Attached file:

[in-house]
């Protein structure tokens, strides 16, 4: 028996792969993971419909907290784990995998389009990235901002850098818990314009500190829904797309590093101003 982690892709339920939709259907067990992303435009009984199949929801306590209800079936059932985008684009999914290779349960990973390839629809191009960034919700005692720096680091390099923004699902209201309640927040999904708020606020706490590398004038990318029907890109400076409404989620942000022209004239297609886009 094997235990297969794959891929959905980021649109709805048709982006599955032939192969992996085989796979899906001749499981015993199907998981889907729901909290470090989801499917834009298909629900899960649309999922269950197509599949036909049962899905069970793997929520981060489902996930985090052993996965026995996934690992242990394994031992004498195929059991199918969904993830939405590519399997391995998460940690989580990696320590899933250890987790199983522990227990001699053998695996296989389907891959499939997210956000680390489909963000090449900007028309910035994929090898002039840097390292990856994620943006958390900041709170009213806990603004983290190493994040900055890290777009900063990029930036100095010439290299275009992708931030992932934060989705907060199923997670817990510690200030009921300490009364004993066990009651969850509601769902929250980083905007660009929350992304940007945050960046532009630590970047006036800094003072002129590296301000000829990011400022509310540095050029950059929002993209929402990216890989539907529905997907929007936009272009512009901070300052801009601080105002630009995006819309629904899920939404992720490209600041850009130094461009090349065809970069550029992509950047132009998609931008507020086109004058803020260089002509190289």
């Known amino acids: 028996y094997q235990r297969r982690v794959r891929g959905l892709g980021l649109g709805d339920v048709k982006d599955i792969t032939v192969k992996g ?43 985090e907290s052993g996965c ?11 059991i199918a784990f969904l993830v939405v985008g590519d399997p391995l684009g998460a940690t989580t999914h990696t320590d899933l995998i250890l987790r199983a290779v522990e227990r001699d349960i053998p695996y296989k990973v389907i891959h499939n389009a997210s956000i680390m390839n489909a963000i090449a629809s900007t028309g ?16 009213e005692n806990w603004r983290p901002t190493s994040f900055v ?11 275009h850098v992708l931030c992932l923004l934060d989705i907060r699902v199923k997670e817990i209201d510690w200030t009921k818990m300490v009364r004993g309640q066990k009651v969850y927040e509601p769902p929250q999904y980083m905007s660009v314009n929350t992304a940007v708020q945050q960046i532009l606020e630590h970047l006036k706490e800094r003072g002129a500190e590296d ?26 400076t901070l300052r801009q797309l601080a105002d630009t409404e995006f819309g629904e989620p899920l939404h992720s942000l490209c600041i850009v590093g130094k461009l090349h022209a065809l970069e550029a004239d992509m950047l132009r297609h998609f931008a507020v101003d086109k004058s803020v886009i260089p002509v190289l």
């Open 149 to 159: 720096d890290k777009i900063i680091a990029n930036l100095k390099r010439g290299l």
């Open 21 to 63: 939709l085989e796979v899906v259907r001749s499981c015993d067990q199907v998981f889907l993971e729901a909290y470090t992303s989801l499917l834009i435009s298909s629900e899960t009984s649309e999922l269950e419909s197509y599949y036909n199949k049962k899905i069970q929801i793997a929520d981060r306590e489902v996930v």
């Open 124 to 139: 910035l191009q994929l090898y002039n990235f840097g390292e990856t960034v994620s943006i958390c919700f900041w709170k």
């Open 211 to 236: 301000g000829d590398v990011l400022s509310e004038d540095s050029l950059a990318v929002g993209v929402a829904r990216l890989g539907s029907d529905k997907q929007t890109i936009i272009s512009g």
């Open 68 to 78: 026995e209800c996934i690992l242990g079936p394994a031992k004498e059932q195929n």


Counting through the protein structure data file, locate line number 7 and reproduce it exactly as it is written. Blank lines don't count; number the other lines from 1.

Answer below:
């Open 211 to 236: 301000g000829d590398v990011l400022s509310e004038d540095s050029l950059a990318v929002g993209v929402a829904r990216l890989g539907s029907d529905k997907q929007t890109i936009i272009s512009g």